Rural Health Humanities Network
The Rural Health Humanities Hub is a supportive peer group for social science and humanities researchers within UHI with an interest in rural health and wellbeing. Our overall objective is to promote and facilitate the development of rural health and wellbeing research and teaching within the social sciences and humanities at UHI. In doing so, we aim to:
- Increase the amount of internal collaborative research and knowledge exchange activities in the area of rural health and wellbeing, including grant-funded research, knowledge exchange activities, academic writing and public engagement.
- Increase the amount of rural health and wellbeing research carried out at REF rating 2* and above, with a view to REF 2020.
- Increase internal awareness, and exchange of, research outputs in order to strengthen research-teaching linkages in the area of rural health and wellbeing.
- Increase the number of students pursuing rural health and wellbeing topics within the humanities and social sciences.
- Increase external awareness of our existing and developing strengths in rural health and wellbeing within the social sciences and humanities, in order to stimulate external collaborations and increase the impact of our work beyond the network.
To join the Hub, or for more information please contact: Dr. Sarah-Anne Munoz, Senior Research Fellow in Rural Health, firstname.lastname@example.org
Rural Health Humanities Hub Members
Dr. Gareth Davies, Programme Leader in Master of Education and Honorary Research Fellow
Gareth is a health psychologist with an interest in the help-seeking behaviour of patients in remote and rural settings and understanding the impact of place on health behaviour. Gareth also has a background in rural resources management.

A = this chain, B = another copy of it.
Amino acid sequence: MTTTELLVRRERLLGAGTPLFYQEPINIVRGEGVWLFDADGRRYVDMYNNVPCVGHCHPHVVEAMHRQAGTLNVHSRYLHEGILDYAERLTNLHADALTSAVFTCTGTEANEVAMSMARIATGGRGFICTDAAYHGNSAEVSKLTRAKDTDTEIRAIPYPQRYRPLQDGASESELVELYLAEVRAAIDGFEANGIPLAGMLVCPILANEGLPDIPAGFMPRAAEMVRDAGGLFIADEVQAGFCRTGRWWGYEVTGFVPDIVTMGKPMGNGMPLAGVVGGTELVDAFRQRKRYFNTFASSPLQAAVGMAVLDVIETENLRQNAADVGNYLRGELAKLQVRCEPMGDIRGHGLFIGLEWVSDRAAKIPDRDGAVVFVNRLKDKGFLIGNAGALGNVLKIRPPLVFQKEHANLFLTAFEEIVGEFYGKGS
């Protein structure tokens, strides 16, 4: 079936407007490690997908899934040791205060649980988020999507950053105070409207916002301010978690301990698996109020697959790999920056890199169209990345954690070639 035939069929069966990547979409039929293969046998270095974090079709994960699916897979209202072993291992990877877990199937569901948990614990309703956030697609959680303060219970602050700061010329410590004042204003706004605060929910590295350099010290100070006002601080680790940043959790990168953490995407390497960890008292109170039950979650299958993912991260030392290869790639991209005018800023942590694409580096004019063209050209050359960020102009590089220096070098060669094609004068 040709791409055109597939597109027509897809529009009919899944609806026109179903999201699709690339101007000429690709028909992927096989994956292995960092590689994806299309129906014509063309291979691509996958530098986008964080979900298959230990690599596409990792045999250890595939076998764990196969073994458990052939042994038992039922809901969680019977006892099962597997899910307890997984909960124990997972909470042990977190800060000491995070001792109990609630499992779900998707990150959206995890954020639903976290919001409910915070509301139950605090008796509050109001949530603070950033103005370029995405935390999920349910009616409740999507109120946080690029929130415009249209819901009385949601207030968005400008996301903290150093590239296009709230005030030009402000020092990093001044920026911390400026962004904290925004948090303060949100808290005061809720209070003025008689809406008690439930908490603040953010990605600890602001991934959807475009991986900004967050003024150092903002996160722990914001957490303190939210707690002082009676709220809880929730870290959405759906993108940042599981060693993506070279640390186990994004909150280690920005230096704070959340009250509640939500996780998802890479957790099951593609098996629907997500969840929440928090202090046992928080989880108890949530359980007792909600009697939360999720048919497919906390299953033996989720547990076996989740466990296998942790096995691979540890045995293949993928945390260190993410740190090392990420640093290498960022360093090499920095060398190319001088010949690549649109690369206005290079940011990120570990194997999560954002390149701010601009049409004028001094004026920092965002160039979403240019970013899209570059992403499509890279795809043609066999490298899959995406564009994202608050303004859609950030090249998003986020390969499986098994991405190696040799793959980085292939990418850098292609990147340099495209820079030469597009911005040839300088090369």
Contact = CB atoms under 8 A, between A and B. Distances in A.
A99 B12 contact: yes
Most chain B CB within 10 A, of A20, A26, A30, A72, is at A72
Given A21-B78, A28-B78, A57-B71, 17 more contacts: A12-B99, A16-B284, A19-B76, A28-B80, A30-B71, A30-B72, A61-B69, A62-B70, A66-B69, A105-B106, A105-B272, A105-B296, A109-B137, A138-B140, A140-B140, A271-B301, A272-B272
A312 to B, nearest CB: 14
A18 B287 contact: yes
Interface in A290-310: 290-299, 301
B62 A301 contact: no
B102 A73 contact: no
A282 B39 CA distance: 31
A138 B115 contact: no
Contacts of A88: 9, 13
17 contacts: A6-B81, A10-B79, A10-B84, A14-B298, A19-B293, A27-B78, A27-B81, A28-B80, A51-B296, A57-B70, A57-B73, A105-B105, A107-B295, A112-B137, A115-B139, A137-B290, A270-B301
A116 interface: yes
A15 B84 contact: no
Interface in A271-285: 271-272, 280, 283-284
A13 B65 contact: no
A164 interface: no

Areas of expertise: Health Psychology; Qualitative research methods; Rural health behaviour
Dr. Rachel Erskine, Programme Leader in MA Health and Wellbeing and MSc Infection Prevention and Control
Dr Rachel Erskine qualified as a BSc (hons) Adult Nurse and has worked in both general hospitals and in community nursing as a community nurse and practice nurse. Rachel was the first PhD graduate with Lews Castle College UHI in 2005. Her teaching and research interests lie with the epidemiology of common mental health issues (depression, alcohol & substance misuse, dementia, learning disability, suicide and self-harm) and the social and cultural associates and determinants of these issues as presented in the remote & rural communities.
Areas of expertise: Research supervision at undergraduate and postgraduate levels; Service delivery issues in remote and rural areas; Mental health issues in remote and rural areas
Dr Jayne Glass, Research Associate, Centre for Mountain Studies
Jayne is an interdisciplinary environmental researcher and a proponent of the use of participatory methods and decision-making for sustainability. Her research involves working with a range of stakeholders engaged in managing Scotland’s environment.
Areas of expertise: Rural development and land use; Sustainability; Community engagement; Qualitative and participatory research
Prof. Donna Heddle, Director of Centre for Nordic Studies
Donna is an interdisciplinary practitioner - primarily a cultural historian - with an interest in issues affecting depopulation in rural and island communities and in the history and practice of traditional health and wellbeing.
Areas of expertise: Traditional beliefs and customs; Health and sustainability; Community research
Dr. Philomena de Lima, Director of the Centre for Remote and Rural Studies
Philomena is a Sociologist .Her research interest is in the complex and contingent interaction and relationships between rural communities and ‘place’, with a particular focus on issues related to social justice and community/ household /individual strategies for addressing inequalities across a number of social policy fields.
Areas of expertise: Equalities /inequalities across life course stage; Rural poverty and social exclusion; Migrants, ethnicity and intersectional identities; Demography and migration; Communities assets ;Qualitative methods: ethnographic; participatory; researching in cross cultural contexts; ethics.
Dr. Ragnhild Ljosland, Lecturer in Nordic Studies
Ragnhild is a sociolinguist with a particular interest in multilingualism and dialect. Her research reaches from multilingual practices in academic communities in Norway to research on Orkney and Shetland dialects under the Connected Communities scheme. She is currently developing plans to research communication between dialect speakers and speakers of English as a foreign language within the health sector in rural communities.